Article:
This version of the Sherlock Holmes story (one critic references 254 appearances as of 2012, stating that Sherlock Holmes is the most-portrayed fictional character of all time), is directed by Academy Award winning Bill Condon, and stars the 76 year-old Academy Award nominee Ian McKellen (Magneto from the X-Men films and Gandalf from The Lord of the Rings and The Hobbit films) as the 93 year-old Holmes. McKellen’s last collaboration with director Bill Condon was 1998’s Gods and Monsters. The new film is based on Mitch Cullin’s 2005 novel A Slight Trick of the Mind.
The film is set in 1947 and Holmes has been retired for 35 years. He lives in a seaside English cottage on the Dover coast with his widowed housekeeper Mrs. Munro, whose husband died in the war (Academy Award nominee Laura Linney), and her young son Roger (Milo Parker). Mr. Holmes a beekeeper, and is interested in exotic herbal medicines to help him with his fading memory. We hear several references from Holmes about how his stories were embellished by his friend Dr. Watson. We see Holmes in a movie theatre watching The Lady in Grey in which he is played by Nicholas Rowe, who really did portray Holmes in the 1985 film Young Sherlock Holmes.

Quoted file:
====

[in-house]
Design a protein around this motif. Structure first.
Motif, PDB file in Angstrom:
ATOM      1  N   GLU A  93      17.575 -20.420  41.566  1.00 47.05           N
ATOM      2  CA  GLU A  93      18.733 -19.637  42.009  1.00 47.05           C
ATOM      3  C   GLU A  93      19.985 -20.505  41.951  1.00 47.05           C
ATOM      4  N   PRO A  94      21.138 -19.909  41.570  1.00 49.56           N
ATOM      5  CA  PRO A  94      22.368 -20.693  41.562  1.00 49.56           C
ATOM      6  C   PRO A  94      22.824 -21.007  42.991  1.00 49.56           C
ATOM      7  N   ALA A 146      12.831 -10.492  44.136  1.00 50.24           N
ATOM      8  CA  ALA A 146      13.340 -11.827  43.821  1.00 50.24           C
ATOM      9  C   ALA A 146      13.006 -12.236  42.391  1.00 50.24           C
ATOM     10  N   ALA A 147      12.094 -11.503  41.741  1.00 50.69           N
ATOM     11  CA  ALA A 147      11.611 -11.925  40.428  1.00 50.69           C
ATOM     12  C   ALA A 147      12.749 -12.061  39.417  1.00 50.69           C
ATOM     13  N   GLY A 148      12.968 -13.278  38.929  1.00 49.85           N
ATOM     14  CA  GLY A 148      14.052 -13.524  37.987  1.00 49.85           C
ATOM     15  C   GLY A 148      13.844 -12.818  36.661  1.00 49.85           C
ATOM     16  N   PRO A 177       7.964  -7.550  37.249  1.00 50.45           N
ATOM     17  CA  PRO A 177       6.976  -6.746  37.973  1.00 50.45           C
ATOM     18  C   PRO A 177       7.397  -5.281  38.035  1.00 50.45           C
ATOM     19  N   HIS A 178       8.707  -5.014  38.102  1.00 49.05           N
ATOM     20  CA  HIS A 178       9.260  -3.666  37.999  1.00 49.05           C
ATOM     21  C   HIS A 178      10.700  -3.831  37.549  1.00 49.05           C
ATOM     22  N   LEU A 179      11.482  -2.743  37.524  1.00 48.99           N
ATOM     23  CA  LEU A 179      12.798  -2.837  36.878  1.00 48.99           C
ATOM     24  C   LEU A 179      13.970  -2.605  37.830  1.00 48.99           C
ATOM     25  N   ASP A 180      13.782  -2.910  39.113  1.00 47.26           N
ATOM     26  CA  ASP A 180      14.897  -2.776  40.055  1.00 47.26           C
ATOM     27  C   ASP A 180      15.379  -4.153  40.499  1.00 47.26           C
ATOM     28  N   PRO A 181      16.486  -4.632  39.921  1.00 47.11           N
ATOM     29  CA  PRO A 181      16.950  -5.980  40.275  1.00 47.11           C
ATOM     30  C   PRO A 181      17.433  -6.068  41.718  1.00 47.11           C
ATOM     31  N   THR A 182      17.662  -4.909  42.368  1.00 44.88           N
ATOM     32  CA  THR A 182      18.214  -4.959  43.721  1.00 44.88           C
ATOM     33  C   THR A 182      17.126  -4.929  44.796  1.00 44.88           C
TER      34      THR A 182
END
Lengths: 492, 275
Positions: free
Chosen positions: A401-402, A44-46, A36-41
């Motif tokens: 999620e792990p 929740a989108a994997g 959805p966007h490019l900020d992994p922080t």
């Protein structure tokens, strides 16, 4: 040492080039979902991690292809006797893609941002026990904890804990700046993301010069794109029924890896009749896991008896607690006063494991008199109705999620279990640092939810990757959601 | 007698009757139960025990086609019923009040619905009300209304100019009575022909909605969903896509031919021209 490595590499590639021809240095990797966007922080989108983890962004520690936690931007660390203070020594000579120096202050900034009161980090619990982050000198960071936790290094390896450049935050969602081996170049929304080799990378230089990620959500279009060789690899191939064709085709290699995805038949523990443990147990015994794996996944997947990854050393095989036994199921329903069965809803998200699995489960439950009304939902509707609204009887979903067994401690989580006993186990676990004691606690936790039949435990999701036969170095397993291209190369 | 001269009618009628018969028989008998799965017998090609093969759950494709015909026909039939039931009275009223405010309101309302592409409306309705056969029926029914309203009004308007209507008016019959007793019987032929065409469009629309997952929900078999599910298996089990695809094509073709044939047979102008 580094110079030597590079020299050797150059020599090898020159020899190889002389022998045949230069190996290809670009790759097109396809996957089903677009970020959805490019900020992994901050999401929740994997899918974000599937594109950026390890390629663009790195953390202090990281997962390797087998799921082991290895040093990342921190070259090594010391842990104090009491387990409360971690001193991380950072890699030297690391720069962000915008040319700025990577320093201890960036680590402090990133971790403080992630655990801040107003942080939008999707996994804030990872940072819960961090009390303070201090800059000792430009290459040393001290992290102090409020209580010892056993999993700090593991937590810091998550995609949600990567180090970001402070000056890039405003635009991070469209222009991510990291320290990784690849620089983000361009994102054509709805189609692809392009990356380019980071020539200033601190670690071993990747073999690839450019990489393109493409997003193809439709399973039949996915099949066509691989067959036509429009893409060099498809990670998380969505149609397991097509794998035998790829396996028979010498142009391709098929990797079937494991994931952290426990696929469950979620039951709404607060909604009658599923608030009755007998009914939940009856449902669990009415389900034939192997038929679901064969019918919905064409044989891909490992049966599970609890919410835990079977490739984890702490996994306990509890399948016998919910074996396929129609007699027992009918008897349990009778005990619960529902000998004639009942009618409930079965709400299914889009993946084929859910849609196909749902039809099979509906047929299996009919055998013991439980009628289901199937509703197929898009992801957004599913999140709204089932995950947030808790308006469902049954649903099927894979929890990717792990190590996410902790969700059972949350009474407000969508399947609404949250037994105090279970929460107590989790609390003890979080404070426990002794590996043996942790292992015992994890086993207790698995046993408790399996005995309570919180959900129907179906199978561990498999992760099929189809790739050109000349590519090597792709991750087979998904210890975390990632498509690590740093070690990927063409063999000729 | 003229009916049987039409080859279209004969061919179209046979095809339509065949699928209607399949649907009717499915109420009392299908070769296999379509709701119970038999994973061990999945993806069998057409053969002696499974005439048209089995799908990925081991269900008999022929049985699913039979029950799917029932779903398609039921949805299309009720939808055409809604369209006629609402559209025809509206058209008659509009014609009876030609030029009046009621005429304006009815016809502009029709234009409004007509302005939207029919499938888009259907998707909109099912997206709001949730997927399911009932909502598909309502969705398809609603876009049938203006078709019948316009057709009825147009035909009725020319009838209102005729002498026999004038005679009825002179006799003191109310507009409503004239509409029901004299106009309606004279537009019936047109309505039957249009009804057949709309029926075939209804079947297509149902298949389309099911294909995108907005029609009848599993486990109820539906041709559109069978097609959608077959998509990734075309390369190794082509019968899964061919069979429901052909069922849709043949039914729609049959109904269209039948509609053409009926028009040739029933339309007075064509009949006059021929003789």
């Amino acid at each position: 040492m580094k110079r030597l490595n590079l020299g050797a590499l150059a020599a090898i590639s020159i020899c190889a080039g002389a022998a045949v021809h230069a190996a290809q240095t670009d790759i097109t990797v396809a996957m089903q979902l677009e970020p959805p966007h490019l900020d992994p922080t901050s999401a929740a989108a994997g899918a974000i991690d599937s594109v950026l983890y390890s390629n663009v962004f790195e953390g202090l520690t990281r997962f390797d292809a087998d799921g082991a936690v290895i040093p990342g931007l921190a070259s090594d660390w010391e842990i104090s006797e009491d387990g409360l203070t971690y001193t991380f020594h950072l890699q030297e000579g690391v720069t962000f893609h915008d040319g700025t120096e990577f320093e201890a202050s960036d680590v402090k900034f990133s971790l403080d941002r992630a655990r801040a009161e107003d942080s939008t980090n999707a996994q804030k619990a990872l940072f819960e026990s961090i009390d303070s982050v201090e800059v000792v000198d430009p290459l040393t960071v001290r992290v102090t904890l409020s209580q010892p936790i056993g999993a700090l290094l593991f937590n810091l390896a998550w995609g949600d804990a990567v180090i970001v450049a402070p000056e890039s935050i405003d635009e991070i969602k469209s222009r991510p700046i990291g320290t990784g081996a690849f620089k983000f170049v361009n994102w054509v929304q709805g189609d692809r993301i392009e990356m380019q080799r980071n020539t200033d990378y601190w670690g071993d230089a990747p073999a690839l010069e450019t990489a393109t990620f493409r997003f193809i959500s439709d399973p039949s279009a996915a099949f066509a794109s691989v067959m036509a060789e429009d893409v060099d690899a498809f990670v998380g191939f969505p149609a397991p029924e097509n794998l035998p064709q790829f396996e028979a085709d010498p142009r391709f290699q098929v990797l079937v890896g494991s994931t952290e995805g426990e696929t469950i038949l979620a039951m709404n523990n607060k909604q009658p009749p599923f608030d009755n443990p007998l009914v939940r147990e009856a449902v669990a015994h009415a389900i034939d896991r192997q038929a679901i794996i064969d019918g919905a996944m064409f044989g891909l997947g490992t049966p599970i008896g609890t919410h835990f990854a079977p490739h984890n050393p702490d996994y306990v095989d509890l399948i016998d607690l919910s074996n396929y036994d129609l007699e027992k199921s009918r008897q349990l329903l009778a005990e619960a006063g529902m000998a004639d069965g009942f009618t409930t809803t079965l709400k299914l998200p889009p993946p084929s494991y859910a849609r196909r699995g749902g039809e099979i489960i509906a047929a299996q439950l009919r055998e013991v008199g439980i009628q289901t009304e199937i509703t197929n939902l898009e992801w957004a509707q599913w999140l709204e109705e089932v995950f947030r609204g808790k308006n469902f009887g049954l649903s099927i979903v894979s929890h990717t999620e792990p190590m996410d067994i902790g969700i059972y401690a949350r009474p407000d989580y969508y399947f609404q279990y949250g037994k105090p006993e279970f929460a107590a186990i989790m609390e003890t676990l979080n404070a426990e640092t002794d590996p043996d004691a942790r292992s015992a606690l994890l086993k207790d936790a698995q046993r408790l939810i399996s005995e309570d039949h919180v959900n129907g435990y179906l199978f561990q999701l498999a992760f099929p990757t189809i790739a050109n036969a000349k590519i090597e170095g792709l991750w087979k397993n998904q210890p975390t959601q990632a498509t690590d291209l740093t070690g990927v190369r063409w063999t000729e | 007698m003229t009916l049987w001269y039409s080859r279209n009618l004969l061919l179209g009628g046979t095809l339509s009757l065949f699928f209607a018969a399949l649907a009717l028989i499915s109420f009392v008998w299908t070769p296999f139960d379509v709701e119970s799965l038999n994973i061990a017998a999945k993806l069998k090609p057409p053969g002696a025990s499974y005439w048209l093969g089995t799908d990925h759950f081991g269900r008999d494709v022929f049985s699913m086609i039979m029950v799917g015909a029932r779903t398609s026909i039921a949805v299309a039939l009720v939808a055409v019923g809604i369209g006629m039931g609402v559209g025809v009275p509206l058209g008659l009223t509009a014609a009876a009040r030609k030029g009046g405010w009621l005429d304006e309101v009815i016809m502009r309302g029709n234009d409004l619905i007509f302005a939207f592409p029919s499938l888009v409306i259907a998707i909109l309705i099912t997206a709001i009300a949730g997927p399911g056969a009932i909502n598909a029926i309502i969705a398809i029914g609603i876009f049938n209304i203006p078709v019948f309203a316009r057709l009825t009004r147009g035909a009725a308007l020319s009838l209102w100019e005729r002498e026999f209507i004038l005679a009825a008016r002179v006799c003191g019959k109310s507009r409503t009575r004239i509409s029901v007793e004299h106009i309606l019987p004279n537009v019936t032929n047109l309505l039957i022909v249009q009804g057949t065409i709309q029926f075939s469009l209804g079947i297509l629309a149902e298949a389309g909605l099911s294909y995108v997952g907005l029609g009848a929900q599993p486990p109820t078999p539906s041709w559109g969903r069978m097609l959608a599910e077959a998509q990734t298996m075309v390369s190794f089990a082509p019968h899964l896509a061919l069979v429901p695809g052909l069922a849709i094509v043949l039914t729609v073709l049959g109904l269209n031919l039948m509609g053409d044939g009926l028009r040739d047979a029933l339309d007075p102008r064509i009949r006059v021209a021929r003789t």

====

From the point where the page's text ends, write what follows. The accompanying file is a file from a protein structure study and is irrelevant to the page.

We feel a deep sadness in Holmes, but with his fading memory he can’t remember the exact reasons for his despair. He does recall it has something to do with his final case some 35 years earlier (we see several flashbacks), and thus he tries to piece the story together sharing it with young Roger, who also takes an interest in beekeeping. Holmes in some ways becomes the father that Roger was too young to remember. This movie does a good job of portraying opening your heart to new relationships after walling it off from hurt for many years.
A side story involves a trip to Japan to meet Tamiki Umezaki (Hiroyuki Sanada) and to find a plant (prickly ash) that Holmes hopes will help him with his memory loss.
I really enjoyed this film, but found it much sadder than I had expected. The acting performances are superb from McKellen, Linney and the young Parker. I wouldn’t be surprised if McKellen receives a “Best Actor” nomination. The movie is beautifully filmed and captures the seaside cottage location wonderfully, and the costumes are meticulous.